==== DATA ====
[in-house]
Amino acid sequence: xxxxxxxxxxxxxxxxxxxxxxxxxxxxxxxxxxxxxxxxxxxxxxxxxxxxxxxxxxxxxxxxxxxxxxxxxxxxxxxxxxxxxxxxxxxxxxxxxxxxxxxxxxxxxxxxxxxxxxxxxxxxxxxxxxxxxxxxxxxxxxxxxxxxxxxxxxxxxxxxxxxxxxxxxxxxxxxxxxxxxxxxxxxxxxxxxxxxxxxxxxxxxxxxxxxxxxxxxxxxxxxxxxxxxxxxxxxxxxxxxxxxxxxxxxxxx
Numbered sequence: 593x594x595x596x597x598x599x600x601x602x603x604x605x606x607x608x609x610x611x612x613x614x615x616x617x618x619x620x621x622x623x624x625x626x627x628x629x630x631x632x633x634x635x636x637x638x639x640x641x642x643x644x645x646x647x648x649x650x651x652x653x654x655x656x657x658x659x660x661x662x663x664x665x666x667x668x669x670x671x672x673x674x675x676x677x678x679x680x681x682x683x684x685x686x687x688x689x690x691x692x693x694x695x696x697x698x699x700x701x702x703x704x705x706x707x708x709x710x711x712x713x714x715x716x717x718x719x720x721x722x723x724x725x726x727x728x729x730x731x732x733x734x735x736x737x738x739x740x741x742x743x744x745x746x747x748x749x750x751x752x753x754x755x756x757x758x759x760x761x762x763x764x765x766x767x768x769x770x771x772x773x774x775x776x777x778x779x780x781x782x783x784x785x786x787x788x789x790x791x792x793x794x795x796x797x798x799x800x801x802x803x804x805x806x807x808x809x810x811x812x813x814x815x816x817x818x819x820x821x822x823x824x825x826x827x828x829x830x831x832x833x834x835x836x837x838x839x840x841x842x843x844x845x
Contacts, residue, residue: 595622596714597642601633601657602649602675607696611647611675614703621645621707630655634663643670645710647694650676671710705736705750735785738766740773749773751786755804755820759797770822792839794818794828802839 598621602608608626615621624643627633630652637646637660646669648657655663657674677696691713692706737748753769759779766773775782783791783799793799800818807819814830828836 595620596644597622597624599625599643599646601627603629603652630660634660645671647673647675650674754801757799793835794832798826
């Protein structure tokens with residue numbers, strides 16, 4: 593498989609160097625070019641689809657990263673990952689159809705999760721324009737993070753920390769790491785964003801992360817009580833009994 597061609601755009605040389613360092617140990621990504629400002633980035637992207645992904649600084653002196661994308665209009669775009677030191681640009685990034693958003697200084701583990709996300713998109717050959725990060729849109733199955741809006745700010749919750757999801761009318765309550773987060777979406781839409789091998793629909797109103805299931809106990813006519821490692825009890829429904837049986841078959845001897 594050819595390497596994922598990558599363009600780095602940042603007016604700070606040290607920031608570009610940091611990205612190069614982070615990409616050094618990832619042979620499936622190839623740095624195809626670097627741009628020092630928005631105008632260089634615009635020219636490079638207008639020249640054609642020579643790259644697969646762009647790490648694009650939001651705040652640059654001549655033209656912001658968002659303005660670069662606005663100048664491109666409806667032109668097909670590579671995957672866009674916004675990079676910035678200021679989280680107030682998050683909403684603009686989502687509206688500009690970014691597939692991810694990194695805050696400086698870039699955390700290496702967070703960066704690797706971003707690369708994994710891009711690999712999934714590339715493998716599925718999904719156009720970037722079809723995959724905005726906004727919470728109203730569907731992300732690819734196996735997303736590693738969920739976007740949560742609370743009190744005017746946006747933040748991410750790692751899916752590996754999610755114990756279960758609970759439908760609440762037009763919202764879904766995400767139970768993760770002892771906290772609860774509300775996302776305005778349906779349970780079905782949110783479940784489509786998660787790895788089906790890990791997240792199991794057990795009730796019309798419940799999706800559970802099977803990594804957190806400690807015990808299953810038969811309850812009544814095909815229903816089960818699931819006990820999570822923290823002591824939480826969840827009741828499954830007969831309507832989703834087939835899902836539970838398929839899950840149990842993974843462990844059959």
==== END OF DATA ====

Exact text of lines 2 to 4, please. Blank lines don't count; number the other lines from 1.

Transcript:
Amino acid sequence: xxxxxxxxxxxxxxxxxxxxxxxxxxxxxxxxxxxxxxxxxxxxxxxxxxxxxxxxxxxxxxxxxxxxxxxxxxxxxxxxxxxxxxxxxxxxxxxxxxxxxxxxxxxxxxxxxxxxxxxxxxxxxxxxxxxxxxxxxxxxxxxxxxxxxxxxxxxxxxxxxxxxxxxxxxxxxxxxxxxxxxxxxxxxxxxxxxxxxxxxxxxxxxxxxxxxxxxxxxxxxxxxxxxxxxxxxxxxxxxxxxxxxxxxxxxxx
Numbered sequence: 593x594x595x596x597x598x599x600x601x602x603x604x605x606x607x608x609x610x611x612x613x614x615x616x617x618x619x620x621x622x623x624x625x626x627x628x629x630x631x632x633x634x635x636x637x638x639x640x641x642x643x644x645x646x647x648x649x650x651x652x653x654x655x656x657x658x659x660x661x662x663x664x665x666x667x668x669x670x671x672x673x674x675x676x677x678x679x680x681x682x683x684x685x686x687x688x689x690x691x692x693x694x695x696x697x698x699x700x701x702x703x704x705x706x707x708x709x710x711x712x713x714x715x716x717x718x719x720x721x722x723x724x725x726x727x728x729x730x731x732x733x734x735x736x737x738x739x740x741x742x743x744x745x746x747x748x749x750x751x752x753x754x755x756x757x758x759x760x761x762x763x764x765x766x767x768x769x770x771x772x773x774x775x776x777x778x779x780x781x782x783x784x785x786x787x788x789x790x791x792x793x794x795x796x797x798x799x800x801x802x803x804x805x806x807x808x809x810x811x812x813x814x815x816x817x818x819x820x821x822x823x824x825x826x827x828x829x830x831x832x833x834x835x836x837x838x839x840x841x842x843x844x845x
Contacts, residue, residue: 595622596714597642601633601657602649602675607696611647611675614703621645621707630655634663643670645710647694650676671710705736705750735785738766740773749773751786755804755820759797770822792839794818794828802839 598621602608608626615621624643627633630652637646637660646669648657655663657674677696691713692706737748753769759779766773775782783791783799793799800818807819814830828836 595620596644597622597624599625599643599646601627603629603652630660634660645671647673647675650674754801757799793835794832798826